1

I have the following problem:

I am in a comment or the empty lines after or within the comment. I want to get to the first line of the comment.

So no matter where I am in this commented block, I want to get to the beginning of line ;; blah blah.

M-x butterfly

;; blah blah 

;; spoon

;; blah blah blah


;; swordfish

I think I have solved it, albeit clumsily:

(defun beginning-of-comment ()
      (interactive)
      (while
          (progn
            (beginning-of-line)
            (looking-at (rx-to-string (or
              `(: line-start (zero-or-more whitespace) (one-or-more ,comment-start))
              `(: line-start (zero-or-more whitespace) line-end))))))
      (previous-line))

Problem is, I cannot use the solution above, because it makes my emacs crash (and would presumably make other's emacs' with the same OS/emacs version crash too if I were to PR it).

There must be a more idiomatic, less verbose way to get to the beginning of a comment from within it.

Ninja edit: I thought of one more, but this also crashes emacs (becomes totally unresponsive):

(defun testing ()
  (interactive)
  (while (comment-forward) (progn (previous-line) (previous-line)))

Ps. I want this to work in as many modes as possible, so please use comment-start, do not hardcode the comment variable.

  • Comments typically have face associated with them. It would be easier to use text face to identify the beginning of comment (it will be also faster, since looking-at can be very slow, especially if there are lookaheads. – wvxvw Apr 24 '16 at 12:17
  • In your first version, the point is not moved inside the loop. – JeanPierre Apr 24 '16 at 12:18
  • @wvxvw Thanks for the info, bit it does not sound like the most robust way. If you could an answer I'll UV it though. Thanks to you too JeanPierre. – The Unfun Cat Apr 24 '16 at 12:40
2

You can use syntax-ppss to find out if the point is in a comment or not. When it is, it also provides information about where the comment started. The following code wraps this into a loop, skipping empty lines etc.

(defun my-comment-start-position ()
  "The position of the start of the current comment, or nil."
  (save-excursion
    (let ((res nil))
      (while (progn
               (skip-chars-backward " \t\n")
               (let ((state (syntax-ppss)))
                 (if (nth 4 state)
                     (let ((start (nth 8 state)))
                       (setq res start)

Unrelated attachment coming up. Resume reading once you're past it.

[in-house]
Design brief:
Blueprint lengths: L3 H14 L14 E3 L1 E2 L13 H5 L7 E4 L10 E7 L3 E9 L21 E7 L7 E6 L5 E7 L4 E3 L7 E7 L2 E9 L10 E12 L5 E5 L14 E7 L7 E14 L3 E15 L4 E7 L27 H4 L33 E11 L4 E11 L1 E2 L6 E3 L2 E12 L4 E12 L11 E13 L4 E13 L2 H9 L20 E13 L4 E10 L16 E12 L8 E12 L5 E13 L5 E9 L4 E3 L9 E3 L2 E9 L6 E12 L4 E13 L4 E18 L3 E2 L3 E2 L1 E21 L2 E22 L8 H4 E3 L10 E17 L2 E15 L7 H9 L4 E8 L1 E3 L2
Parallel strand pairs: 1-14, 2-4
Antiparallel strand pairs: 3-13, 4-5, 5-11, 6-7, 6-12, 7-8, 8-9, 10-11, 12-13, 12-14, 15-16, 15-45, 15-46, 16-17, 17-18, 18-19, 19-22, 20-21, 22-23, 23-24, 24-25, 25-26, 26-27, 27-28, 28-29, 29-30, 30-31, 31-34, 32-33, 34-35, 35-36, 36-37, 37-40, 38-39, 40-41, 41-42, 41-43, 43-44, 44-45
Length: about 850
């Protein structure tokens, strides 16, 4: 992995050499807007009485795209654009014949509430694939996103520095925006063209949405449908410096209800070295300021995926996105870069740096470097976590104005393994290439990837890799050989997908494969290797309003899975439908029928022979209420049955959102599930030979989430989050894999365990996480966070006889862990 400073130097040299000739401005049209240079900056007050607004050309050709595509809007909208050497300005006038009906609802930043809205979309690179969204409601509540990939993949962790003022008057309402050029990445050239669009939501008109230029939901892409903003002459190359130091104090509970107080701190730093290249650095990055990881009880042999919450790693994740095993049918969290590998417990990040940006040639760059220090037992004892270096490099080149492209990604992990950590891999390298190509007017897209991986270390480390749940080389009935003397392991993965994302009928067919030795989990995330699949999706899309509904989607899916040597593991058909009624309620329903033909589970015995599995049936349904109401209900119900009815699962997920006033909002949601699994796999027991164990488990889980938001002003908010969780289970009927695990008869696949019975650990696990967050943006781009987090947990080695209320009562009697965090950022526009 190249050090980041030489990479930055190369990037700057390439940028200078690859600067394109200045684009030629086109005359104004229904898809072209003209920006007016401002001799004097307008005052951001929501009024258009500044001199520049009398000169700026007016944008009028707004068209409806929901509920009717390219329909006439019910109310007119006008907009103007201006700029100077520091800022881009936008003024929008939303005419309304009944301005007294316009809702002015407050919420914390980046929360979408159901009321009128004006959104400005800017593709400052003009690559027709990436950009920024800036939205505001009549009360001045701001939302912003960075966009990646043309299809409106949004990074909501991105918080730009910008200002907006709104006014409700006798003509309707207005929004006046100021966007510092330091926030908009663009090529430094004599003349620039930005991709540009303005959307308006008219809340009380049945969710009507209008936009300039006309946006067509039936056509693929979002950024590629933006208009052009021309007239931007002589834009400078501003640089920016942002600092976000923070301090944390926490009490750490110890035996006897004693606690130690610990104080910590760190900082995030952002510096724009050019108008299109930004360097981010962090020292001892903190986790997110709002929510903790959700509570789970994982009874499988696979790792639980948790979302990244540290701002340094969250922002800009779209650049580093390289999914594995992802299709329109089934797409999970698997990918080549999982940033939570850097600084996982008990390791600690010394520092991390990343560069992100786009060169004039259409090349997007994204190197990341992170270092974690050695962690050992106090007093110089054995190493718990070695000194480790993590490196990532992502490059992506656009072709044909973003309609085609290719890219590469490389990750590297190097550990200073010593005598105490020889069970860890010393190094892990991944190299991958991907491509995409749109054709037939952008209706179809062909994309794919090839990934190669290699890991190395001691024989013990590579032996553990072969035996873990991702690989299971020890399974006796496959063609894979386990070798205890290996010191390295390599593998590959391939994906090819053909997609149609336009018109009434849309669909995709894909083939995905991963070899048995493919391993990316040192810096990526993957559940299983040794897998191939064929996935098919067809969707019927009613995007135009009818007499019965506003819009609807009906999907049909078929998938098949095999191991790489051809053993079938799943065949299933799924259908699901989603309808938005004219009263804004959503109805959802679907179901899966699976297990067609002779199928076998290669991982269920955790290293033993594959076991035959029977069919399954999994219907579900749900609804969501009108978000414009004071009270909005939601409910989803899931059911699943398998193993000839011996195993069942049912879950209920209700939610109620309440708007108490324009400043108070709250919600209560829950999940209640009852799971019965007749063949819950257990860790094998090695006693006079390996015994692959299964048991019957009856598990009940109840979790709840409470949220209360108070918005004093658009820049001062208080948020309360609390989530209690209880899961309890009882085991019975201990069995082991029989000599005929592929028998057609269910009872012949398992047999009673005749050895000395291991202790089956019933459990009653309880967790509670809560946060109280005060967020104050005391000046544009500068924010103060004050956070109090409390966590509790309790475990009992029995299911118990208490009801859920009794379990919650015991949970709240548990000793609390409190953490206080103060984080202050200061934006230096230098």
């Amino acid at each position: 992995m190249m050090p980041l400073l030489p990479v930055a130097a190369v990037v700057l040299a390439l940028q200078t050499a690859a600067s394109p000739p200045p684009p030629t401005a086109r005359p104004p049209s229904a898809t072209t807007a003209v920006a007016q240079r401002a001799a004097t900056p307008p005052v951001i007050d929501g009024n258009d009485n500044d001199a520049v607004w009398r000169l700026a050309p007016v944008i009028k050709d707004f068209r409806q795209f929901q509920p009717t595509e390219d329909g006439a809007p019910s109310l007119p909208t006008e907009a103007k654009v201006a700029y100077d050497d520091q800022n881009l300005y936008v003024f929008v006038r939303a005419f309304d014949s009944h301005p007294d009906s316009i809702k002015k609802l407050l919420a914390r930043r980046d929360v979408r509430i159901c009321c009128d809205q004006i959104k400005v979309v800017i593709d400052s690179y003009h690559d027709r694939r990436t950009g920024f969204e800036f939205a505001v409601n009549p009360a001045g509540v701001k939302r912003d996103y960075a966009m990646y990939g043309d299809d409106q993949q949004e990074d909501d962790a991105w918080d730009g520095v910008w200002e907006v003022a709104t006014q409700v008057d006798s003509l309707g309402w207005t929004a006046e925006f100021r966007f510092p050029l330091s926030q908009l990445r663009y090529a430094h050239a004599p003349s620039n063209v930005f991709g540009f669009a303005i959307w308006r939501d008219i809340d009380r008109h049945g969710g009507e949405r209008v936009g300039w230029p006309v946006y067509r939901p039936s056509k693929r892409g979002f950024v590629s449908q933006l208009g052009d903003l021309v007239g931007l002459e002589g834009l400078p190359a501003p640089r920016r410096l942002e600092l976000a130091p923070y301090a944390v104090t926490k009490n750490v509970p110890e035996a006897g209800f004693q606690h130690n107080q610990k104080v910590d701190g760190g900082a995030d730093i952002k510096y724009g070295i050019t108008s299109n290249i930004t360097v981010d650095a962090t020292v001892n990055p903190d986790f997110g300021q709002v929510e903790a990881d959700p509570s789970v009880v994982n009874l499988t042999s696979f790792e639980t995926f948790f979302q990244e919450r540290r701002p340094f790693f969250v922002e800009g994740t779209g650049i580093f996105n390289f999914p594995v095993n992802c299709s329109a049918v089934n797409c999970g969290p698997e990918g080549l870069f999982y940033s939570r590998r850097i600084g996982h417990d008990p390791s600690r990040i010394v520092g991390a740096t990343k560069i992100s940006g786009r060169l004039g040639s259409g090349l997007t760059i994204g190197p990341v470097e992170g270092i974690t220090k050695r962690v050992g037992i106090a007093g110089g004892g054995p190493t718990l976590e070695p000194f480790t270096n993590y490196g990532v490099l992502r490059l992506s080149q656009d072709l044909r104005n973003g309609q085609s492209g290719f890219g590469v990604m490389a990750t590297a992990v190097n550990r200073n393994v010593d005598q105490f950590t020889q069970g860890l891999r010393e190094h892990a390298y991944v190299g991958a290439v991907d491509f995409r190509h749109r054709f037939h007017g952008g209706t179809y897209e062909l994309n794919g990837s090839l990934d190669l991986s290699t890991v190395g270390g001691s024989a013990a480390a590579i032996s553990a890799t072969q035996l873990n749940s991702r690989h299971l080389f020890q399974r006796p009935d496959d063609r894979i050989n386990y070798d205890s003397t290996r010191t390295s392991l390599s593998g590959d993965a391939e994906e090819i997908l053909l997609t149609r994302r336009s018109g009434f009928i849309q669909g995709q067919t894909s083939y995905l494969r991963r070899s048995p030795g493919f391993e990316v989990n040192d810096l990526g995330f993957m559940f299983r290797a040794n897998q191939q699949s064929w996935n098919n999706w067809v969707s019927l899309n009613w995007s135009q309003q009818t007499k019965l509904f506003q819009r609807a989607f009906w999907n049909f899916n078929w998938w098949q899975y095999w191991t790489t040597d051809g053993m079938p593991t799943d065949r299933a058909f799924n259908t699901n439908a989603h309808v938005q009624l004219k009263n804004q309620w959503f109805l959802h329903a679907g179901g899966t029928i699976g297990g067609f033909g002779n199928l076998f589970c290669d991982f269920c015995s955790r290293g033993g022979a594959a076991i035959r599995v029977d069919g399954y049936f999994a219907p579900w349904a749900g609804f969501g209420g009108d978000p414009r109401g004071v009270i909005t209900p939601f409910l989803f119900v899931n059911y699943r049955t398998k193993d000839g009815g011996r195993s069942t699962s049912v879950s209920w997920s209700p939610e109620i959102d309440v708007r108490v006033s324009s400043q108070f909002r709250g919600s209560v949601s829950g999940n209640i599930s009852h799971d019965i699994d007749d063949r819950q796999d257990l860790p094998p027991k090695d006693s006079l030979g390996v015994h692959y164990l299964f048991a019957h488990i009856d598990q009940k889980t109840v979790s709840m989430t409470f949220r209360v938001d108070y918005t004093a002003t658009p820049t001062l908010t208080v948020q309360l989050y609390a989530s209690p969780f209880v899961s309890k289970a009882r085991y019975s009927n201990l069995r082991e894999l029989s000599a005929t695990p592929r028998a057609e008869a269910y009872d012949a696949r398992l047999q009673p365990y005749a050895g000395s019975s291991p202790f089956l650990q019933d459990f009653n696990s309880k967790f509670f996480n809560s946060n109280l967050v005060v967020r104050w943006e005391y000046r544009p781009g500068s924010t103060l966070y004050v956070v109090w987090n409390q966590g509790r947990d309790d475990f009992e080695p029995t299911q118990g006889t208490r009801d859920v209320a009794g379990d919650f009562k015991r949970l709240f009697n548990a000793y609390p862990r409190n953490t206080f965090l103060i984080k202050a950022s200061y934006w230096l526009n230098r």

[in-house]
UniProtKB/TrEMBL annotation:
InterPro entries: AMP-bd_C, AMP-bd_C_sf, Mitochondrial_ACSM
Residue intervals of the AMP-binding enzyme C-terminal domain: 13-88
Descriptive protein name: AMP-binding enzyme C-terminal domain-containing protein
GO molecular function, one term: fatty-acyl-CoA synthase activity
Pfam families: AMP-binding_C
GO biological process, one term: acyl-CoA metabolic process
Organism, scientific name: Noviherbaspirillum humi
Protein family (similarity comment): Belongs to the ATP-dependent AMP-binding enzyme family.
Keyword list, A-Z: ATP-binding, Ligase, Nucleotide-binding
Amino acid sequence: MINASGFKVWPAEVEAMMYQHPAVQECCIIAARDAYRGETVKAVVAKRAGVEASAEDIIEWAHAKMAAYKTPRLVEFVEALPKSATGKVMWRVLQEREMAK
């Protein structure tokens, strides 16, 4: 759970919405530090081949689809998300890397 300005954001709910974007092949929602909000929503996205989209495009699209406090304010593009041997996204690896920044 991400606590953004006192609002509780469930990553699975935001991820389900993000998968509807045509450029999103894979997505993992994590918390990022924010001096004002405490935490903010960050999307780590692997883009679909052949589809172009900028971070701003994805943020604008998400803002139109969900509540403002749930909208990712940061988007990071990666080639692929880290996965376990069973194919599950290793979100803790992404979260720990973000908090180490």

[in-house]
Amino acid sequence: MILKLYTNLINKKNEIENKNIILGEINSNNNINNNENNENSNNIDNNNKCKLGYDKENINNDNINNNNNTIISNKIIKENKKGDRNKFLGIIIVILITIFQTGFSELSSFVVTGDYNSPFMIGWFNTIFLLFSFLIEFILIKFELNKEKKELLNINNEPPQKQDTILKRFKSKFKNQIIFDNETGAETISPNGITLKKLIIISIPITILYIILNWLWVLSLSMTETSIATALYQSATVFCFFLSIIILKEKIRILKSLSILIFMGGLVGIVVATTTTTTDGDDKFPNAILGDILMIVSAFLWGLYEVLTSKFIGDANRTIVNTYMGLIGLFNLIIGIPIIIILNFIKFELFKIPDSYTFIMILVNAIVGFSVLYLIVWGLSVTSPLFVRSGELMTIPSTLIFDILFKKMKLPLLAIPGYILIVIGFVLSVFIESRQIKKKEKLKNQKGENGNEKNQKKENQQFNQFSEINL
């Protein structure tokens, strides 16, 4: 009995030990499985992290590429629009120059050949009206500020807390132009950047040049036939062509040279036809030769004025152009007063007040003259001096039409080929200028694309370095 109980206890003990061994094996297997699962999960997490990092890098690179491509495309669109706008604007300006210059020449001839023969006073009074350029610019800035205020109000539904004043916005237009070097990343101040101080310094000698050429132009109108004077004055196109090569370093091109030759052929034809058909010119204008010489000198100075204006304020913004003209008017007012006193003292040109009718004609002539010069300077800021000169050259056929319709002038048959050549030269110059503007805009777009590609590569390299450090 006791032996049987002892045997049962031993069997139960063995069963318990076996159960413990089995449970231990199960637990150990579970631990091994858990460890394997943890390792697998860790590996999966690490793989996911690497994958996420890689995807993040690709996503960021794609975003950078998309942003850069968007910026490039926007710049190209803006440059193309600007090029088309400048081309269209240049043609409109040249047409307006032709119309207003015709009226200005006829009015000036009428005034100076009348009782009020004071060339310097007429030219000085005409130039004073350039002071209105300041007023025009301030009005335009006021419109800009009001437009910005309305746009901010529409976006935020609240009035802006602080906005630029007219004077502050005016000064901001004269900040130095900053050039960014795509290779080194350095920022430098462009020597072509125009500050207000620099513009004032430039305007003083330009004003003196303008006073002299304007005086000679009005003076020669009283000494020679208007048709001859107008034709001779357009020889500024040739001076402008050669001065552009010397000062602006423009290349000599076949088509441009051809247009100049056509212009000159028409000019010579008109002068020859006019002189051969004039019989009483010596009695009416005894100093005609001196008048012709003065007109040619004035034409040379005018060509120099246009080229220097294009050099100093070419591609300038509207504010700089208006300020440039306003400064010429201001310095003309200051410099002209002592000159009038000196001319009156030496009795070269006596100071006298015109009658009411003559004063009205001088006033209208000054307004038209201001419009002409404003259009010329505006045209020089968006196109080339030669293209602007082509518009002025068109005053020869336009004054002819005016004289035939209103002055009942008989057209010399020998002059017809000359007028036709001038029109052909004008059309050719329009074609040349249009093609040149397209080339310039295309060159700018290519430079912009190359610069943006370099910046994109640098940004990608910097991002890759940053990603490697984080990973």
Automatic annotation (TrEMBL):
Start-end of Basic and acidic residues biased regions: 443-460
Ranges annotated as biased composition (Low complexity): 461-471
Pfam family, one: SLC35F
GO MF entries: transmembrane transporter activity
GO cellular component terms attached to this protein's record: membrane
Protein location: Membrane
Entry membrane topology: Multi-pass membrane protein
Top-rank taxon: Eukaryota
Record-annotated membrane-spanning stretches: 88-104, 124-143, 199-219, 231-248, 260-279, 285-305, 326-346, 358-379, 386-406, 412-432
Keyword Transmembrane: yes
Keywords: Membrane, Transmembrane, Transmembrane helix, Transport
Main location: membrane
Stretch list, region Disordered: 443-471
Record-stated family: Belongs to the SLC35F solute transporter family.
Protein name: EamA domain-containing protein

(goto-char start)
                       t)
                   nil))))
      res)))

The code is more robust than looking at regexp:s, since it handles difficult languages where the comment syntax must be defined programatically using a syntax-propertize-function.

Also, it is more robust than checking the face property:

  • Some users don't like syntax highlighting and disable font-lock
  • font-lock isn't active in batch mode
  • font-lock only highlights visible parts of the buffer
  • The face property doesn't have to contain a single symbol (see below), code reading it must handle all cases. (This happens, for example, when highlighing additional things inside comments.)
  • Badly written font-lock keywords sometimes replace the existing face rather than prepending or appending
  • Some comments may be highlighted using another face, e.g. if you have javadoc-style comments font-lock-doc-face is used.

From the elisp manual:

‘face’

The ‘face’ property controls the appearance of the character (*note
Faces::).  The value of the property can be the following:

   • A face name (a symbol or string).

   • An anonymous face: a property list of the form ‘(KEYWORD VALUE
     …)’, where each KEYWORD is a face attribute name and VALUE is
     a value for that attribute.

   • A list of faces.  Each list element should be either a face
     name or an anonymous face.  This specifies a face which is an
     aggregate of the attributes of each of the listed faces.
     Faces occurring earlier in the list have higher priority.

   • A cons cell of the form ‘(foreground-color . COLOR-NAME)’ or
     ‘(background-color . COLOR-NAME)’.  This specifies the
     foreground or background color, similar to ‘(:foreground
     COLOR-NAME)’ or ‘(:background COLOR-NAME)’.  This form is
     supported for backward compatibility only, and should be
     avoided.
  • This might just be me, but I think the part about how using face/font-locking is bad doesn't belong here but should be a comment to the "Use the face" answer (but you did that already) or even an answer to a new question on the site (so that you can give details, like you did here). – YoungFrog Apr 25 '16 at 9:33